As we were doing this, a new piece of draconian legislation was being debated in the Ugandan Parliament. This legislation, a private members bill presented by David Bahati, criminalises homosexuality and would allow the imprisonment of anyone ‘promoting homosexuality by advocating for the protection of sexual minority rights’. By showing our support for equality and non-gender discrimination were we ‘promoting homosexuality’? Could we have been thrown in jail? Is this now the position for anyone advocating for gender equality and non-discrimination in Uganda?
Many African countries have laws criminalising homosexual acts, in spite of the global ratification of the Universal Declaration of Human Rights (UDHR), which states that everyone has the right to life and liberty and must not be subjected to punishment on the basis of race, colour, sex, language, religion, political or other opinion, national or social origin, property, birth or other status (Article 2,3,4). Despite these blatant breaches of international law, ‘cultural sensitivity’ has prevented a firm response from the international community, until now.
Uganda, one of the ‘success stories’ of development, risks being suspended or expelled from the Commonwealth and being shunned by the United Nations, should its Parliament end up passing the bill that refers to the death penalty (for the crime of "aggravated homosexuality") when an HIV-positive person engages in homosexual sex with someone disabled or below the age of 18. Passing such legislation would also imply imposing sentences or heavy fines on those who fail to report homosexual activity, and prohibits the "’promotion’ of homosexuality through advocacy on sexual minority rights. Taking an unusually vocal stand Gordon Brown, Canadian Prime Minister Stephen Harper and US Secretary of State Hillary Clinton have all personally lobbied President Museveni to renounce the Bill. The outcome of which will not be known until the bill is discussed again in Uganda’s parliament, later this month.
The timing could not be worse, coming as it does in a period of human rights progress and with serious implications for development practitioners and their programming, particularly for healthcare and hard-fought gains in HIV and AIDS treatment and access. The implications for adequate and targeted healthcare for the most vulnerable are alarming.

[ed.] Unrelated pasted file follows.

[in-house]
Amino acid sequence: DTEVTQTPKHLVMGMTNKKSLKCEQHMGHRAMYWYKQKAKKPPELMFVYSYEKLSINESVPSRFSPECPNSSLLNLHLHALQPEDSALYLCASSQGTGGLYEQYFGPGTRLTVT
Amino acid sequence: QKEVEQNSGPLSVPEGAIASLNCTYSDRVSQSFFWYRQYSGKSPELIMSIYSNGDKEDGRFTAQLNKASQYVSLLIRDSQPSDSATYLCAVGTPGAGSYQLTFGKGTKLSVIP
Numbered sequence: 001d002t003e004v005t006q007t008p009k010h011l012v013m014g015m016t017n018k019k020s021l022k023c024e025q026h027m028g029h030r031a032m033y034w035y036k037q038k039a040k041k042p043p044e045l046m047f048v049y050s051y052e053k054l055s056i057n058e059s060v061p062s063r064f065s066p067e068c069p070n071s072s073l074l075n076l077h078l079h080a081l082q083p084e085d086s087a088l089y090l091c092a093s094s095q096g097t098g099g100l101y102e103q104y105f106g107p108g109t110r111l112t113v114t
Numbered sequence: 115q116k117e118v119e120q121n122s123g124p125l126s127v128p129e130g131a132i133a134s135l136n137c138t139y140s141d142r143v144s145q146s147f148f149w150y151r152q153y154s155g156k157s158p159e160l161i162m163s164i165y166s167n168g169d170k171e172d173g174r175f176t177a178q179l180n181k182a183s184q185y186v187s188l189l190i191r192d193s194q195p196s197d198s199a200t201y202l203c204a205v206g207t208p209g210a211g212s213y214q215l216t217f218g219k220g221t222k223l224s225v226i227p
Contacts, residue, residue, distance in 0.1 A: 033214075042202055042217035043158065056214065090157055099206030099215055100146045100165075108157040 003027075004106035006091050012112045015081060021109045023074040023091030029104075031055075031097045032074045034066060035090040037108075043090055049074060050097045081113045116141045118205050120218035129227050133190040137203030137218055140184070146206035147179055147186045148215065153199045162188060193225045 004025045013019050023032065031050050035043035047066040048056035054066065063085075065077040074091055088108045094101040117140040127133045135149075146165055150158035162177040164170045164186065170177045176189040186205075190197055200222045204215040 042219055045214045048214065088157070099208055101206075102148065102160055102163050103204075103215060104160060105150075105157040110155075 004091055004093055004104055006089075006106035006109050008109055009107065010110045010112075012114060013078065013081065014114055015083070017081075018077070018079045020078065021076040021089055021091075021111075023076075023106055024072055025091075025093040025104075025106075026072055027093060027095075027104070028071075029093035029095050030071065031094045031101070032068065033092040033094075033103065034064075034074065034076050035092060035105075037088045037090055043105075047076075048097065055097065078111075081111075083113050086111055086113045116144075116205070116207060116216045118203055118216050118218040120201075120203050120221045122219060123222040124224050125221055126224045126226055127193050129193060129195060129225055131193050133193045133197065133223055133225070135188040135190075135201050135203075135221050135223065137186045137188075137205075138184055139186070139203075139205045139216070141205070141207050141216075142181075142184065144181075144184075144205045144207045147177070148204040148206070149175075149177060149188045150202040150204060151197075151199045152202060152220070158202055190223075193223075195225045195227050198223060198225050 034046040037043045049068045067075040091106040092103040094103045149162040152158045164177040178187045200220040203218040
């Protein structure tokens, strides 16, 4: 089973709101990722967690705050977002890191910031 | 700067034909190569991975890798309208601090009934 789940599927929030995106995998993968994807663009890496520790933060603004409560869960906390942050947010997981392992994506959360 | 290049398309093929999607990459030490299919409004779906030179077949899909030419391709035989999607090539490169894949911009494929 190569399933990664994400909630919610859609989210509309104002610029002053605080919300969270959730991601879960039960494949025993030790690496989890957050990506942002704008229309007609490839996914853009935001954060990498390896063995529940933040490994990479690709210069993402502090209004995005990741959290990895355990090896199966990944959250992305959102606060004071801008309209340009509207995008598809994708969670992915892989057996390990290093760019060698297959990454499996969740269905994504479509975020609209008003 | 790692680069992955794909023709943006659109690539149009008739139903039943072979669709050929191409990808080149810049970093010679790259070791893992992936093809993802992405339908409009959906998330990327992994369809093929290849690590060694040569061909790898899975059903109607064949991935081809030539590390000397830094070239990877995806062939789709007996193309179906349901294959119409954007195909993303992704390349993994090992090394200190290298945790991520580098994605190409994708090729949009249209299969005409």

The African Charter (in Article 16) recognises the right to health and obliges Uganda as a state party to take measures to protect the health of her people. Criminalising the ‘promotion’ of homosexuality and ‘aiding and abetting homosexuality’ will have an impact on access to and quality of healthcare for Ugandans who are lesbian or gay, as they may be afraid to discuss their sexual behaviour with doctors and fear ‘detection’ when bringing their medical concerns to health clinics, thereby undoing many of the hard-fought gains that have aimed to reduce stigma and discrimination. What does all this mean for the treatment of HIV and AIDS?
- First, it will make it much harder to analyse the links between gender and disease, with implications for the targeting of vulnerable groups and the identification of those at risk. Recent evidence from the UN suggests that sex between men is an important factor in East Africa’s AIDS epidemic, but more detailed analysis on this may now be impossible in Uganda. This will have knock on effects on the efficacy of campaigns to prevent HIV transmission and may even intensify the problem amongst the gay and lesbian population as they are driven underground.
- Second, the new bill poses a threat to declining funding for HIV and AIDS. Funding for HIV and AIDS treatment and prevention in general is already under threat, as highlighted in a recent study by ODI’s social development team on the impacts of the financial crisis on HIV treatment and prevention. It has been suggested that President Obama’s Emergency Plan for Aids Relief (PEPFAR), the largest funder of HIV and AIDS services in Uganda, may review its funding to Uganda if the legislation is passed, in an ‘ultimate catch 22’ whereby those living with AIDS could be caught between the government’s bigotry and the donors’ need to take a stand against that bigotry (as Sarah Kalloch has written).
While high-level policy makers like Gordon Brown battle this issue in political forums, what can we, as development partners, actually do? Will this bill change the way we work in Uganda? Are funding cuts the way to go, when they may undermine important human rights like the right to health? And if not, how do we express our dissent without compromising the quality of our services and programmes?
I, for one, am at a loss as to how to cooperate with a government that may punish me for airing views on the sanctity of individual rights and my gut tells me that that we should be Churchills, rather than Chamberlains. But our own moral outrage should not blind us to the fact that there are more than principles at stake – this is also about the wellbeing of many thousands of Ugandans who could face a new era of social repression as a result of this bill, and who need our support as never before.
This blog was amended on 25 March 2010 at the request of the author. The words 'lobbied' and 'campaigning' within the original text were removed as they do not reflect the actions and work of the research team in Uganda, who were working on the development of a set of tools with representatives from Ugandan ministries. These tools aim to provide assistance on how to integrate human rights principles (specifically child rights) into national development planning.